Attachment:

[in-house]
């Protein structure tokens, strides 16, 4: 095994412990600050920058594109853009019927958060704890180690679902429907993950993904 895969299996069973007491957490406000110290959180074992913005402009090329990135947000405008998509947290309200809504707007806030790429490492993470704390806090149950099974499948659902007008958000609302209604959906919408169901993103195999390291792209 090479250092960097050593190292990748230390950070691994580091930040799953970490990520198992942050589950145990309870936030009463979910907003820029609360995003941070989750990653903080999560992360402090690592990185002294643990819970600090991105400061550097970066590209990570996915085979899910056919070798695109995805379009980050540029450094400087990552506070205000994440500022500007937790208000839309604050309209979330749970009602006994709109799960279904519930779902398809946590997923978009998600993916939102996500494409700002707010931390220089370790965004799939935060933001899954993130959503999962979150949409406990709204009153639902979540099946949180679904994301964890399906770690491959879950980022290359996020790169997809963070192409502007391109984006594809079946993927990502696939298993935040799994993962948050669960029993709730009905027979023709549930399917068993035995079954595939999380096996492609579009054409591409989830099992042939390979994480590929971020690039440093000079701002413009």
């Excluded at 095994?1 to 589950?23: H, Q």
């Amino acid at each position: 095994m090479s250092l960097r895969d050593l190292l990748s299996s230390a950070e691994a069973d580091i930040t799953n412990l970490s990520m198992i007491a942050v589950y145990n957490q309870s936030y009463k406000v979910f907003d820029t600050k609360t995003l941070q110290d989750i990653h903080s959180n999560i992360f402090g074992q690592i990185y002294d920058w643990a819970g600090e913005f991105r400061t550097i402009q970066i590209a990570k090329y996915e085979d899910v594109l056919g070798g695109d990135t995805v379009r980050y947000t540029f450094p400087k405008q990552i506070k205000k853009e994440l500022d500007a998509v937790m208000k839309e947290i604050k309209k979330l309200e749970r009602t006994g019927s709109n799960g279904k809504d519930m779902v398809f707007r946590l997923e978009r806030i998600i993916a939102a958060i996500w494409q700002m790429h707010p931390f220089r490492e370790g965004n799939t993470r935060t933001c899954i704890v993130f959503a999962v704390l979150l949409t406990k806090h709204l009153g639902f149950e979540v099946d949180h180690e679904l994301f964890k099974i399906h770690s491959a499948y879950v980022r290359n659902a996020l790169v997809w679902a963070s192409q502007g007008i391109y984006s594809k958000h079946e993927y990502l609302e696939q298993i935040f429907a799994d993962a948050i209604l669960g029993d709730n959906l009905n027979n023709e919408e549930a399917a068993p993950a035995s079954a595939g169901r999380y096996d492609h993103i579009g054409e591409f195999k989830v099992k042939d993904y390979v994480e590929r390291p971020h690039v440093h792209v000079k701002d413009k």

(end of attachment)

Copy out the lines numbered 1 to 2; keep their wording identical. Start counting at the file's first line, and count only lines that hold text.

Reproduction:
[in-house]
């Protein structure tokens, strides 16, 4: 095994412990600050920058594109853009019927958060704890180690679902429907993950993904 895969299996069973007491957490406000110290959180074992913005402009090329990135947000405008998509947290309200809504707007806030790429490492993470704390806090149950099974499948659902007008958000609302209604959906919408169901993103195999390291792209 090479250092960097050593190292990748230390950070691994580091930040799953970490990520198992942050589950145990309870936030009463979910907003820029609360995003941070989750990653903080999560992360402090690592990185002294643990819970600090991105400061550097970066590209990570996915085979899910056919070798695109995805379009980050540029450094400087990552506070205000994440500022500007937790208000839309604050309209979330749970009602006994709109799960279904519930779902398809946590997923978009998600993916939102996500494409700002707010931390220089370790965004799939935060933001899954993130959503999962979150949409406990709204009153639902979540099946949180679904994301964890399906770690491959879950980022290359996020790169997809963070192409502007391109984006594809079946993927990502696939298993935040799994993962948050669960029993709730009905027979023709549930399917068993035995079954595939999380096996492609579009054409591409989830099992042939390979994480590929971020690039440093000079701002413009």